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  1. #1
    Charter Member # 545 Gold Member Beak Boater's Avatar
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    Dec 2000
    Port Tobacco MD/Cape Coral Fl

    Al Gore "Ethanol a Mistake"

    Thanks alot for all the problems!! May have been posted before.

    Al Gore: Votes, not science, led me to back corn ethanol
    Earlier support of 'first generation ethanol' was about his presidential bid
    Then Democratic presidential hopeful Al Gore chats with farmers in Perry, Iowa, on Jan. 21, 2000.Reuters
    updated 11/22/2010 1:29:57 PM ET 2010-11-22T18:29:57
    -ATHENS, Greece In a mea culpa of sorts, former Vice President Al Gore on Monday said he made a mistake in supporting corn-based ethanol while he was in office, admitting he was more interested in farm votes for his presidential run than what was best for the environment.
    Like most politicians in the late 1990s, Gore supported huge subsidies for ethanol made from corn a decision that was later blamed for higher food prices.
    Total U.S. ethanol subsidies reached $7.7 billion last year, according to the International Energy Industry, and many of those tax credits will soon be up for renewal.

    "It is not a good policy to have these massive subsidies for first generation ethanol," said Gore, speaking at a green energy business conference in Athens, Greece. First generation ethanol refers to the most basic, but also most energy intensive, process of converting corn to ethanol for use in vehicle engines.

    "First generation ethanol I think was a mistake. The energy conversion ratios are at best very small," he said, referring to how much energy is produced in the process.

    The U.S. ethanol industry will consume about 41 percent of the U.S. corn crop this year, or 15 percent of the global corn crop, according to Goldman Sachs analysts.

    Gore explained his own support for the original program on his presidential ambitions.
    "One of the reasons I made that mistake is that I paid particular attention to the farmers in my home state of Tennessee, and I had a certain fondness for the farmers in the state of Iowa because I was about to run for president" in 2000.
    A food-versus-fuel debate erupted in 2008, in the wake of record food prices, where the biofuel industry was criticized for helping stoke food prices.

    Gore said a range of factors had contributed to that food price crisis, including drought in Australia, but said there was no doubt biofuels have an effect.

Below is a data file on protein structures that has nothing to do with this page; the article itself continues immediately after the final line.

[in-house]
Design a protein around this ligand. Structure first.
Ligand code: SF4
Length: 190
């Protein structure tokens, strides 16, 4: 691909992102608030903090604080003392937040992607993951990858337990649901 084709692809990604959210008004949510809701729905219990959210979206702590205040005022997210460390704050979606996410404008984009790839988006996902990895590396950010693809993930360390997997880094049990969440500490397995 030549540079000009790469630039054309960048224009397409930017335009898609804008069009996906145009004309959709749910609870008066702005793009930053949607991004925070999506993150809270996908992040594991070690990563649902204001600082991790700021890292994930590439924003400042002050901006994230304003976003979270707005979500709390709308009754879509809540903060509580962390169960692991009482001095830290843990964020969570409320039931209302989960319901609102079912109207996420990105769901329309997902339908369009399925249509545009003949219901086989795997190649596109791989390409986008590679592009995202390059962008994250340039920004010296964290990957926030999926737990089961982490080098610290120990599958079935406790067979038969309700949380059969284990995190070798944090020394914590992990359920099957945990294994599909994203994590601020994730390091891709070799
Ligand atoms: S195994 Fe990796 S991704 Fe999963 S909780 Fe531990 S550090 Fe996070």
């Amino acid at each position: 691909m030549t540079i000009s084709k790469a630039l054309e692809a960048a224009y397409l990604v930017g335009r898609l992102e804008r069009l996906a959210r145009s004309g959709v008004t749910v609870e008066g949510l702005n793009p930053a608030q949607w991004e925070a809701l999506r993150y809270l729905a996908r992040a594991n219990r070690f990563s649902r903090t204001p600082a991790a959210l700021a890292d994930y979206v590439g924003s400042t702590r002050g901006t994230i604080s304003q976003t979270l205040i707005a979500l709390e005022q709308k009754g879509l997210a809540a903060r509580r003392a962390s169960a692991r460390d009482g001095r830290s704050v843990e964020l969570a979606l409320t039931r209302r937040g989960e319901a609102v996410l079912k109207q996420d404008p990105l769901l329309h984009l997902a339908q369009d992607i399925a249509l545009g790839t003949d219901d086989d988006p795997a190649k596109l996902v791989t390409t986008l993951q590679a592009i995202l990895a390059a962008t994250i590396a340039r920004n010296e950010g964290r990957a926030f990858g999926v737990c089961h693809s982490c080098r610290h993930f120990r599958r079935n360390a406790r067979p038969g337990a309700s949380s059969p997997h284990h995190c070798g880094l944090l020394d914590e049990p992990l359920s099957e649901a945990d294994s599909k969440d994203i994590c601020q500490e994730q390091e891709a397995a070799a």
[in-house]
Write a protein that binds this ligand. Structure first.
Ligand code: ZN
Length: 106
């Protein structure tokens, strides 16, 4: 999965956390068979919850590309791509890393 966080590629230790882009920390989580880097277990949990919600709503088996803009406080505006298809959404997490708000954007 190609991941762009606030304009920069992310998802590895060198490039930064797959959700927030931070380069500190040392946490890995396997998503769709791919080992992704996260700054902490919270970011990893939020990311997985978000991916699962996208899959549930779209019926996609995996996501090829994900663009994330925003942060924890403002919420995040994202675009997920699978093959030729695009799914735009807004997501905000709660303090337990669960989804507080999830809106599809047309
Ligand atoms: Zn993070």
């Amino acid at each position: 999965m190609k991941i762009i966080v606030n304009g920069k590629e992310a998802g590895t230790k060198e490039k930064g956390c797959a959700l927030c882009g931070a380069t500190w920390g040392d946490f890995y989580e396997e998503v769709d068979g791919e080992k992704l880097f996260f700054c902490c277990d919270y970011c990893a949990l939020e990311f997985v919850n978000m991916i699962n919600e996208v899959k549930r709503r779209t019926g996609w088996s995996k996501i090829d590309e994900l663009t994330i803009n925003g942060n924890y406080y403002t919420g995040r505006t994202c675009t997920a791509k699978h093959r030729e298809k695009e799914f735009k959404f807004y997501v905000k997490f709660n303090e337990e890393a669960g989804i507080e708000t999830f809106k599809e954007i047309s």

"The size, the percentage of corn particularly, which is now being (used for) first generation ethanol definitely has an impact on food prices.

    "The competition with food prices is real."

    Gore said he instead supports so-called second generation technologies that do not compete with food using farm waste or non-food sources like switchgrass to make ethanol.

    "I do think second and third generation that don't compete with food prices will play an increasing role, certainly with aviation fuels," he added.

    Gore added did that he did not expect a U.S. clean energy or climate bill for "at least two years" following the mid-term elections that saw Republicans increase their presence.

    Copyright 2010 Thomson Reuters. Click for restrictions.

  2. #2
    Platinum Member Platinum Member CigDaze's Avatar
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    Jun 2001
    St. Petersburg, FL
    Well, ya!

    This whole goddamned ethanol issue just infuriates me! It's preposterous to even contemplate using ethanol as a fuel, yet alone mandate it.

    This should truly illustrate to everyone how idiotic our environmental advocates and politicians are!!!!!!


    Regular gasoline yields 115,500 BTU's of potential energy.
    Ethanol yields 76,000 BTU's of potential energy.
    That's 33% LESS!!!

    That means that:
    E10 lowers mileage by 3.4%, and
    E15 lowers mileage by 5.1%

    And it would take 1.52 gallons of ethanol to drive the same distance as you could on 1.0 gallon of gasoline!


    And if that's not bad enough, consider that it costs more to produce a gallon of ethanol than it's worth, and it requires more energy to produce ethanol that it will ever yield!!

    Where's the sense in that? There is none! Welcome to the U.S. government.

    Between fertilizer, pesticide, farm equipment fuel, irrigation, electricity and bulk transport, it requires about 81,000 BTU's of energy to simply grow the corn.